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AFSC News
June 9, 2015

Uncovering What’s Behind Fluctuations in Yukon River Chinook Salmon Populations

NOAA Fisheries scientists deploy gear to collect juvenile Chinook salmon on the Yukon River. Photo credit: Thomas Parker, NOAA Fisheries.

Each year NOAA Fisheries and its partners at Alaska Fish and Game and Alaska Ocean Observing System share annual projections on when adult Chinook salmon are expected to return to the Yukon River to spawn.  Another team of NOAA Fisheries scientists is also engaged in a second year of study examining the health of young salmon as they leave the river and venture into the ocean for the first time. 

“To gauge the health of a salmon population, we need to monitor migrations of both adults and juveniles and look at the environmental factors that may affect them as they migrate,” said Phil Mundy, laboratory director, for Auke Bay Laboratories, part of the NOAA Fisheries’ Alaska Fisheries Science Center. “Monitoring juveniles in their first summer as they move from the river to start life in the ocean is essential to understand how many of them may survive to return as adults.”

Scientists have long been tracking adult Chinook salmon migrations into the Yukon River, which is the third largest river in the United States in terms of water flow. However, until the current research was initiated very little information had been gathered on the juvenile Chinook salmon migrating out of the river to the sea. The last research to be conducted on juvenile salmon in the lower Yukon River occurred in 1986.  At that time, the number of returning adults was much higher than it is today.  In this current work, researchers hope to better understand, among other things, how survival rates of young fish could factor into the lower adult returns of recent years.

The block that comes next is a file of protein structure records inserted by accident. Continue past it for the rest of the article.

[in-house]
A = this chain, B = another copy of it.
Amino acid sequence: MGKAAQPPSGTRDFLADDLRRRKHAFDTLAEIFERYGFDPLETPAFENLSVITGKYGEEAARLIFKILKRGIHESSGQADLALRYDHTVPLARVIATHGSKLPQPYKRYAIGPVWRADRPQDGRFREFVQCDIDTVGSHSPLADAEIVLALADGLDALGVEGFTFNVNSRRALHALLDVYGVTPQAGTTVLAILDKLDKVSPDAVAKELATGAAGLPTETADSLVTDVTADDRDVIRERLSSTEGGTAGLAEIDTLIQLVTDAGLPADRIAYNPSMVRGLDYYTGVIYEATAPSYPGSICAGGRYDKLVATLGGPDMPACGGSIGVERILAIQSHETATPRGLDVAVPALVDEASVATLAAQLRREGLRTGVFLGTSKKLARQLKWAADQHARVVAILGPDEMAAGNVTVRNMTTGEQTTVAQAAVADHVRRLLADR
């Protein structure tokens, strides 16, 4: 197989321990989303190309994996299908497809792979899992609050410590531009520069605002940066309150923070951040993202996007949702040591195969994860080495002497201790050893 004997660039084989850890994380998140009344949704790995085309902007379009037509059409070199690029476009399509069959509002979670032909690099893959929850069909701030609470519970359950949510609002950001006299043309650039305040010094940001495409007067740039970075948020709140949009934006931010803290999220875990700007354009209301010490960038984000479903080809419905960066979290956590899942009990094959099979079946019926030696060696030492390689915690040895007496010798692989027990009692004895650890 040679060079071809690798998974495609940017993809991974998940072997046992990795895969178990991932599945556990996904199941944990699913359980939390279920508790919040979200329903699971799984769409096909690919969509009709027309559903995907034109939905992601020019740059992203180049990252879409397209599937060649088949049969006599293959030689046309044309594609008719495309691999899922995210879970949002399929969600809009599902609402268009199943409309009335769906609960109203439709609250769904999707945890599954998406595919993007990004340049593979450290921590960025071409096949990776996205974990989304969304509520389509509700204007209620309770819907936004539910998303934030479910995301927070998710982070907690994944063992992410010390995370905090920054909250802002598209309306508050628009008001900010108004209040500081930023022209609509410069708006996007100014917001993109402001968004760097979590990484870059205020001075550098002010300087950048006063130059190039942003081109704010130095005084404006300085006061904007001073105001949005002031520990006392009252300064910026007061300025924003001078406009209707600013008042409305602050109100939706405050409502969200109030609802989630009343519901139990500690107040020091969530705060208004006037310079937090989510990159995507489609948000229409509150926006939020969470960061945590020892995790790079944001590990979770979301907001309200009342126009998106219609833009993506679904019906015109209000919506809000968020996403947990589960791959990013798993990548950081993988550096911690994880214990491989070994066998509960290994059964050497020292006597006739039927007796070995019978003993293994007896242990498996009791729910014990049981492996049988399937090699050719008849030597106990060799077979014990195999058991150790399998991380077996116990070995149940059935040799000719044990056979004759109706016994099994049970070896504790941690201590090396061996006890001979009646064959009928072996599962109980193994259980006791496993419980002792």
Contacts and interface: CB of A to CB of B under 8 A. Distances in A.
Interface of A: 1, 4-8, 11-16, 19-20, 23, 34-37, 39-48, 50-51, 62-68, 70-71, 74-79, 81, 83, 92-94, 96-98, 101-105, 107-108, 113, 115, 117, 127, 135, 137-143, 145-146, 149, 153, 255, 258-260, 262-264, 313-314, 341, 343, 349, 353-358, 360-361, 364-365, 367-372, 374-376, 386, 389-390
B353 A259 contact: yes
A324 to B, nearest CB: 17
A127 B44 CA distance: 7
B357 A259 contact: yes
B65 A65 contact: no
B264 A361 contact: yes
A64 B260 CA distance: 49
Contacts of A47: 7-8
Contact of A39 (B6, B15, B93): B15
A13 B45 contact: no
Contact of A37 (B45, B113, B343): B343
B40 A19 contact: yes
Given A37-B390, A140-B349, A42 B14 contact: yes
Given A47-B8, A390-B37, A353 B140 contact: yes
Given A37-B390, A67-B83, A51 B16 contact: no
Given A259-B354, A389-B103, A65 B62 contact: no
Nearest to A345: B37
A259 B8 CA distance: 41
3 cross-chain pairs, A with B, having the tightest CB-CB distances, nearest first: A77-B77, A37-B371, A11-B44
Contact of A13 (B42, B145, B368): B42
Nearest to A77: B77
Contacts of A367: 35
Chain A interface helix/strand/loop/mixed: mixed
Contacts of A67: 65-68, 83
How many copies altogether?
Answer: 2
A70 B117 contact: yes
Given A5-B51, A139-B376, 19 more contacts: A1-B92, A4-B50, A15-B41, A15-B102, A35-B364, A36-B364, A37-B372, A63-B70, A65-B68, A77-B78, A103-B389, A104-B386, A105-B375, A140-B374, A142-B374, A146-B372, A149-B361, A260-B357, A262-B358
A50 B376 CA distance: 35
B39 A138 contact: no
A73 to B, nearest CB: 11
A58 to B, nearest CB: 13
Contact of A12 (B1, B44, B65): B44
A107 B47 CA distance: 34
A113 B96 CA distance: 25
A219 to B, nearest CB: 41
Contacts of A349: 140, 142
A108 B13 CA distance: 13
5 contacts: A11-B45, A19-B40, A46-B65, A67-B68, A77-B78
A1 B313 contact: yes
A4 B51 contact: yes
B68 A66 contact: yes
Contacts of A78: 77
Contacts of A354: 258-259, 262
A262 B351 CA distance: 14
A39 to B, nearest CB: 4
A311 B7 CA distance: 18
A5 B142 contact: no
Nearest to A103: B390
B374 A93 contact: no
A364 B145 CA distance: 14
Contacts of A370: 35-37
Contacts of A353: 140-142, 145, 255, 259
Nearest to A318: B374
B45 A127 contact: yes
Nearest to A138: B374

refer to caption
  Second year of field research project to study health of young Chinook salmon in Yukon River and as they reach the ocean gets underway.

The big questions scientists are seeking to answer include:

  • How successful are juvenile salmon at finding food,

  • What kind of food are young salmon eating, and

  • How fast are they growing and storing energy as they transition from fresh to salt water?

“We know that healthier fish have a better chance of surviving to adulthood,” said NOAA Fisheries Research Biologist Katherine Miller with the Alaska Fisheries Science Center’s Auke Bay Laboratory. “So, we will be working with local fishermen to catch, count and collect a sample of young fish from various points in the river. Scientists back in our lab will then examine the stomach contents of collected fish to help answer our research questions.”

Researchers also will be sampling fish at the edge of the Yukon River delta, where fresh water and salt water meet.  It is also the place where young fish first reach the ocean. The freshwater flow from the Yukon River extends up to 10 miles offshore of the Yukon Delta and can be seen by satellites from space.  Sampling will occur during June, July and August.

This research is a collaboration between NOAA, the Alaska Department of Fish and Game, and the Yukon Delta Fisheries Development Association.  Funds are also provided by the Arctic-Yukon-Kuskokwim Sustainable Salmon Initiative and the North Pacific Research Board. 

Want to Read More? Keep up to date on this current research project by reading

 



For more information please contact Marjorie Mooney-Seus,
206-526-4348 (office), 774-392-4865 (cell)


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